Are we pursuing life-serving goals? How does your organisation support life on earth? Does it frame goals within the context of the health of our planet or of people, animals and habitats? One of these goals relates to the distribution of wealth, such that people can meet their most fundamental needs – for food, water and shelter, for example, and to live in relative safety. Yet research tells us that our resources are increasingly concentrated amongst the world’s most wealthy – only recently the charity Oxfam highlighted how the world’s 62 wealthiest people own the same as half the world’s population. Take a moment to reflect on your goals or that of your organisation and how clearly they are designed to serve life.
Do we value all life equally? In America, the current conflict between Native Americans and commercial interests over the proposed Dakota Access Pipeline point to continuing systemic discrimination against particular groups of people. This has also been highlighted in 2016 by the Black Lives Matter movement. The current rise of the right in countries around the world suggest that as much as minority populations are asking for their needs to be given equal weight, majority white populations resist the implications of true equality.
Perhaps more profoundly – much more profoundly – this unknown speaker suggests, in a short video posted on Facebook, that the narrative of white versus people of colour “us and them” has a history and a purpose which distracts – deliberately – from the real issues that underpin the way the world works today. This is the context in which I ask, to what extent does your organisation serve black and minority ethnic populations including your staff, your customers and groups of people who are not within your immediate purview?
Are we looking after tomorrow as well as today? How does your organisation act to conserve the planet for future generations? Culturally, traditional native American thinking emphasises the importance of this goal and, as a result, indigenous tribes have long been campaigners on environmental issues. At the time of writing, their continuing action to protect water supplies from pollution by a proposed oil pipeline illustrates how fiercely our quest for wealth is colliding with the protection of our planet for current and future generations. Initial reactions to Donald Trump’s recent election highlight the likely impact on climate protection – see recent comments by Noam Chomsky, for example.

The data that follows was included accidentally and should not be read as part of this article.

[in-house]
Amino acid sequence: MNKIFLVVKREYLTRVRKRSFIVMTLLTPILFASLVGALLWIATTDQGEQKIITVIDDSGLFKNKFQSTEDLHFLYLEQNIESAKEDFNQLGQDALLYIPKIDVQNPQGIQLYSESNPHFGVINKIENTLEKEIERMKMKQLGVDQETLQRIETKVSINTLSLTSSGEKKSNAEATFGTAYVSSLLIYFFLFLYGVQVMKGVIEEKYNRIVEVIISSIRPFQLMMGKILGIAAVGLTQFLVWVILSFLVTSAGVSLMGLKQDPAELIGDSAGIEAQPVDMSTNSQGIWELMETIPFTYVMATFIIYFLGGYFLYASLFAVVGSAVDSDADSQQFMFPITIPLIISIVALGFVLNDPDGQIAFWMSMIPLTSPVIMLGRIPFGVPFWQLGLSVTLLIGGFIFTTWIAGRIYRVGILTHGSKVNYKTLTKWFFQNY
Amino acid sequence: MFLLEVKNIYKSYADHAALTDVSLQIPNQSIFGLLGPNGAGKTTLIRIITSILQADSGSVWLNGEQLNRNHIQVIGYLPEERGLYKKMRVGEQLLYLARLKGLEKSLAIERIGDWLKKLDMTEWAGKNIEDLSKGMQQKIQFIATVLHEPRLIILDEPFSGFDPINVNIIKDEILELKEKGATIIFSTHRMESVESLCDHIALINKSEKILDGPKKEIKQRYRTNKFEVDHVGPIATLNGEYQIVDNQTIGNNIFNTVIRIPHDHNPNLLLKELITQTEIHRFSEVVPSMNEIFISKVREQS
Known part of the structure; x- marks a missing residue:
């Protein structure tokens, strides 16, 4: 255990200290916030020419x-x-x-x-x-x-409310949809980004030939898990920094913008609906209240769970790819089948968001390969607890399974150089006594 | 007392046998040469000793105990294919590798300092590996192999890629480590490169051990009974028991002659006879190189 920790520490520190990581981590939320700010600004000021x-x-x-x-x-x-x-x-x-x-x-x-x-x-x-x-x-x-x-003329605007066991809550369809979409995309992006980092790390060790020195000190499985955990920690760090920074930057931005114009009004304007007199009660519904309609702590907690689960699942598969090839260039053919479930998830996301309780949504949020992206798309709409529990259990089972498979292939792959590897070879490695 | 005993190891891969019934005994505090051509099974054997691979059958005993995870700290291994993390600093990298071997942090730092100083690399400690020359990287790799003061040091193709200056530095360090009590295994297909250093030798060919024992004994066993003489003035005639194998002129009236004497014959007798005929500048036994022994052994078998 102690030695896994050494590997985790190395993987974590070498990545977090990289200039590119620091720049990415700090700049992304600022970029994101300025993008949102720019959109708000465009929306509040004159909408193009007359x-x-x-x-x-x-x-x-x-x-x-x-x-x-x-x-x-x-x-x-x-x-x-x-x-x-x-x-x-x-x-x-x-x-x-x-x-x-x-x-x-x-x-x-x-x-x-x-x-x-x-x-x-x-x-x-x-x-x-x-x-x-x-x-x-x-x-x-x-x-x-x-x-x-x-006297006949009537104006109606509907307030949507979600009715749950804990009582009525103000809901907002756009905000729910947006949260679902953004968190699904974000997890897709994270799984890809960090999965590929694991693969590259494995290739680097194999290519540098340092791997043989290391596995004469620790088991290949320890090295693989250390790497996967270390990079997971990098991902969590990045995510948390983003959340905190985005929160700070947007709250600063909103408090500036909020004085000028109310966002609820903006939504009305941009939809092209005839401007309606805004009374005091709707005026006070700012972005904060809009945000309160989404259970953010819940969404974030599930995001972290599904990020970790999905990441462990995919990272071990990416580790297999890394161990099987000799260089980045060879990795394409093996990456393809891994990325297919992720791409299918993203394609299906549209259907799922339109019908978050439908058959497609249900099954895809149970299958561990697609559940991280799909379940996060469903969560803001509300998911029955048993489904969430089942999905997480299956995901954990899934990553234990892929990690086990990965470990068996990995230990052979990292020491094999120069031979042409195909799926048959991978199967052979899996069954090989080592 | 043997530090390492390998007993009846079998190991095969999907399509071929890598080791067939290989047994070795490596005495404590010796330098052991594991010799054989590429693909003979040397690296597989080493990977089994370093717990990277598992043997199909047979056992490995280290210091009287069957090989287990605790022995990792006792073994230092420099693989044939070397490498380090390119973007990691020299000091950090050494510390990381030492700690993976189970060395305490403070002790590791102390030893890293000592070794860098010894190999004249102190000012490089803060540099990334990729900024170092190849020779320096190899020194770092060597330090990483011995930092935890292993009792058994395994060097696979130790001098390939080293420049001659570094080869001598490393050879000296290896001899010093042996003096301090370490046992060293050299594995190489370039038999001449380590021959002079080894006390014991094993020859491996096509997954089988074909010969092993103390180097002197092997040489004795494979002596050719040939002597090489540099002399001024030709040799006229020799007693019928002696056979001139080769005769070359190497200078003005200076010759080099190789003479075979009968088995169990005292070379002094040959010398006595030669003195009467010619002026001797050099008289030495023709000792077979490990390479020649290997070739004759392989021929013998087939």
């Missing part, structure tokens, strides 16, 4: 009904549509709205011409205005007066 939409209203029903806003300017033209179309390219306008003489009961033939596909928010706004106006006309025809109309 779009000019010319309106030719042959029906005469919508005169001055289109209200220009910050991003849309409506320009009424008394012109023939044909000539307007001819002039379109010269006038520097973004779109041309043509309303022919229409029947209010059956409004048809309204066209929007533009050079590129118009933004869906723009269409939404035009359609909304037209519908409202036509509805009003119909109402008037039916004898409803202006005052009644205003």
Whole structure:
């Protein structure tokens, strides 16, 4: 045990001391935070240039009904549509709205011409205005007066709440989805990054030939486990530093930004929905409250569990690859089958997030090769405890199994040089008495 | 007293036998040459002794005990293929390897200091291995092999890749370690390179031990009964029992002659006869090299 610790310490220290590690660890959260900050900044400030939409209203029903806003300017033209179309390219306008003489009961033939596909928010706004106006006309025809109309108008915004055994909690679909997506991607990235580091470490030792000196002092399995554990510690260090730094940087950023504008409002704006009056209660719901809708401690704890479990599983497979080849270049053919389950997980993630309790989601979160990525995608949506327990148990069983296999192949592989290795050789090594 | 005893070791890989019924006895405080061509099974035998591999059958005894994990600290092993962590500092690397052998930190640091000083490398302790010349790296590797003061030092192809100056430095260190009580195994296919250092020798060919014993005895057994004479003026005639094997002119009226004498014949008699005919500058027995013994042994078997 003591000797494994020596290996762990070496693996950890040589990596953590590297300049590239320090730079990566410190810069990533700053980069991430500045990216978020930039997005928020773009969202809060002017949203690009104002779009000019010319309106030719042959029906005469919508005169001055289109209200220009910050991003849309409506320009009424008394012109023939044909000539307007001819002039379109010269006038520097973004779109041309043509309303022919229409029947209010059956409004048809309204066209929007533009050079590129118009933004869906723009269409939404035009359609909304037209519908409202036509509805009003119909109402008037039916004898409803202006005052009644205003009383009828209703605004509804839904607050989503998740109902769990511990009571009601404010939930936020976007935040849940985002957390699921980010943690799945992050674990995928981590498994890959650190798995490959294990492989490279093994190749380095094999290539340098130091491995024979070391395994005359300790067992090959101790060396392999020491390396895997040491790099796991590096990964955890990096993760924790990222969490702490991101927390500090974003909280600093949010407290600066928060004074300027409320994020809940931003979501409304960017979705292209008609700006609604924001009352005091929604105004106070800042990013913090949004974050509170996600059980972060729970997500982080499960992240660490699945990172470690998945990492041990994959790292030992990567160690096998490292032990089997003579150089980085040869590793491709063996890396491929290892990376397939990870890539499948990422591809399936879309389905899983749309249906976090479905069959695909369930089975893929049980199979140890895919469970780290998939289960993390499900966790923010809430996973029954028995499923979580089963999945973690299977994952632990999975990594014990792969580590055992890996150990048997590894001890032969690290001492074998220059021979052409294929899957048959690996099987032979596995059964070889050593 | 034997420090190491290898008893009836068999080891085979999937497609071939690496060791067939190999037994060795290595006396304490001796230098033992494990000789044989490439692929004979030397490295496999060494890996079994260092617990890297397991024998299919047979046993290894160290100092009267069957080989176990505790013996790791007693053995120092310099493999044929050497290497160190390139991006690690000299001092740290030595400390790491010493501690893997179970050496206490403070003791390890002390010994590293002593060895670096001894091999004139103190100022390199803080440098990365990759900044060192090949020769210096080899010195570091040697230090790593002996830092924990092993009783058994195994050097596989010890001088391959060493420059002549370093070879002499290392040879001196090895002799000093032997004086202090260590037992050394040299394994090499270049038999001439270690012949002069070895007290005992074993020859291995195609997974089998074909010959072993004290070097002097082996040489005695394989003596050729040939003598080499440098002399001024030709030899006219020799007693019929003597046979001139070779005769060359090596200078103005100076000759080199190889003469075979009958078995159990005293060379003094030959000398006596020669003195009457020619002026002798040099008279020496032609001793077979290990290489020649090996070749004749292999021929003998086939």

For some, climate change seems distant and somewhat unreal yet its effects are already visible if we choose to observe what’s going on in the world. The history of the war in Syria – described by Al Jazeera as the deadliest conflict the 21st century has witnessed thus far – points to severe drought as a prompt for migration from the countryside into cities, prompting growing poverty and social unrest. As a leader, you know whether sustainability is about multiple bins for the disposal of rubbish or whether it permeates your organisation’s vision, mission and values – climate, yes, but also education, prosperity, dignity and more.
Do we work within frameworks that support life, both now and in future? There is a much larger question, which is about the frameworks in which we operate. I am thinking not only of your organisation’s policies and systems (though this might be a good place to start) but also beyond this to legal frameworks, trade agreements and more.
Let’s take the economy, for example. In 1992, James Carville, campaign manager to Bill Clinton in his successful bid to replace George H. W. Bush as president, coined the phrase “The economy, stupid”. As long as you get the economy right, everything else will follow.
Clearly, we are not getting the economy right.
It’s clear that the world economy went through a significant downturn in 2008. More fundamentally, George Friedman points to the fact that economics as it is currently conceived and designed doesn’t work, a topic that exercises Bernard Lietaer, author of a number of books on money. Here’s Lietaer talking about Why Money Needs To Change Now.
The economy is just one example of the frameworks that govern us and you may say, “but we don’t create these frameworks”, which brings me to my next question:
Are we proactive in shaping our frameworks with clear, life-serving goals in mind? Are you and others in your organisation playing a role in influencing the context within which you operate, such that the frameworks that guide you also support you in doing business in ways which serve life?
This is the point at which, as a leader, you begin truly to step up. In this context, power is no longer something you seek to gain as proof that you are capable, worthy of the next pay-rise, successful or otherwise “okay”. No, in this context, power is something you receive with humility and seek to exercise with the greater good in mind. I am not talking about mindless self-sacrifice or corporate martyrdom. Instead, I am talking about the mindful recognition that you are the guardian of the resources at your disposal and about a curiosity to define goals which maximise your opportunity to serve. Sometimes, this is about doing what you can in a given context. For the mindful, it is also about questioning whether you are in the right place – the right job, organisation or broader context – to do what you feel called to do.
If you’ve read this far… phew! You have read! And my own sense is that more – much more – needs to be written.
For now, though, I want to end with a question: what next?
Perhaps you want to step back and ask yourself, how big is my “bigger picture”, and is it big enough? Perhaps you want to allocate regular time to do your own research. Perhaps you want to reflect on the questions above or to leave a comment below.
I hope so. Our future depends on the sum of our contributions.